Table 2c lists selected hourly observations made by NOAA's National Data Buoy Center (NDBC) platforms near the path of Bob. The NOAA buoys report an 8-minute average sustained wind, and the Coastal-Marine Automated Network (C-MAN) reports give 2-minute average sustained winds. The Diamond Shoals Light C-MAN (35.2°N 75.3°W) reported a minimum pressure of 961 and maximum sustained winds of 98 miles with gusts to 112 miles at 0200 UTC on 19 August. The Buzzards Bay C-MAN (41.4°N 71.0°W) reported a minimum pressure of 971 at 1800 UTC on 19 August and maximum sustained winds of 77 miles with gusts to 89 miles at 1700 UTC. Since these were reported hourly observations, they are likely not the extreme values which occured at the sites. In fact, the continuous wind data from the Diamond Shoals C-MAN received well after the event showed a peak gust of 123 miles.

The wind measurements from Block Island of 105 miles and 100 miles were reported as peak gusts. However, both of these values were at the upper limit of the equipment range and were reportedly maintained (and probably exceeded) for a short period (< 1 minute). An observer on Block Island reported the eye overhead at 1720 UTC on 19 August, with the approximate duration of light winds from 30 to 40 minutes.

As the eye moved over Newport, the Navy Ship USS VALDEZ, anchored in Narragansett Bay, reported a pressure of 964 mb at 1815 UTC on 19 August. A cooperative observer in Adamsville, Rhode Island, just east of the track reported a pressure of 964 mb at 1820 UTC. These values are close to the 965 mb pressure reported from an Air Force reconaissance plane at 1737 UTC just prior to the Newport landfall.

As Bob emerged over the cooler waters of Massachusetts Bay, the maximum sustained surfcae winds continued to decrease. NOAA buoys 44013 (42.4°N 70.8°W) and 44007 (43.5°N 70.1°W), along with the Mantinicus Rock (43.8°N 68.9°W) and Mt. Desert Rock (44.0°N 68.1°W) C-MAN stations, all reported maximum sustained winds below hurricane force, justifing the downgrading of Bob to tropical storm before final landfall near Rockland, Maine.

1. Storm Surge Data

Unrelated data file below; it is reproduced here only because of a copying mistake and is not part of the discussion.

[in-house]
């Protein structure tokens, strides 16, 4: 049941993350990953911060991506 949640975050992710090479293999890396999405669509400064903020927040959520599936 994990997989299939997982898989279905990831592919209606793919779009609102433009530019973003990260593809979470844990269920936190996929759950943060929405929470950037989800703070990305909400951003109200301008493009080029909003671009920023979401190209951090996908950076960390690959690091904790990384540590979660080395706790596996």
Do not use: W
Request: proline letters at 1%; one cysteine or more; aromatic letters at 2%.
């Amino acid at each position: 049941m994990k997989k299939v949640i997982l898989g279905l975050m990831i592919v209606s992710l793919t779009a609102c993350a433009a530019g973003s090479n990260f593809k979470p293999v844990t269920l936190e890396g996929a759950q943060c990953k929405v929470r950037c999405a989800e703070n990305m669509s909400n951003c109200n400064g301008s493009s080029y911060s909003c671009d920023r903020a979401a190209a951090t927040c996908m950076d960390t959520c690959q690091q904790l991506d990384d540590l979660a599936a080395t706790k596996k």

At the time of publication of this report a post-storm high water mark survey was being conducted by the New England Division of the U.S. Army Corps of Engineers. Initial survey results suggest that the highest storm surge values occured in Massachusetts and Rhode Island, where wind driven water was funneled into Buzzards and Narrangansett Bays. Visual and measured high water marks, which contain both storm surge and astronomical tide heights and in some cases the effects of breaking waves, were also highest there. (Note: storm surge values derived from National Ocean Survey (NOS) tide gages listed in Table 2a have the effects of tide hight and wave effects removed). Specifically high water marks at the upper end of Buzzards Bay ranged from 8.5 to 15.3 feet. Further south on the east shore at Woods Hole a storm surge of 5.8 feet was calculated from NOS tide gage data. Similarly, on the west shore of Buzzards Bay, a storm surge of 5.8 feet was calculated from tide gage data at the New Bedford hurricane barrier. In Rhode Island, high water marks between 10.2 and 16.5 feet were measured near Sakonnet Point. These values include wave effects because of its exposure on the coast. A storm surge height of 6.5 feet occurred ath the Providence hurricane barrier tide gage. This gage, which is located at the west end of the Sound, had a storm surge of 6.7 feet. The surge occurred almost 2 hours after landfall when the hurricane was abeam of Boston.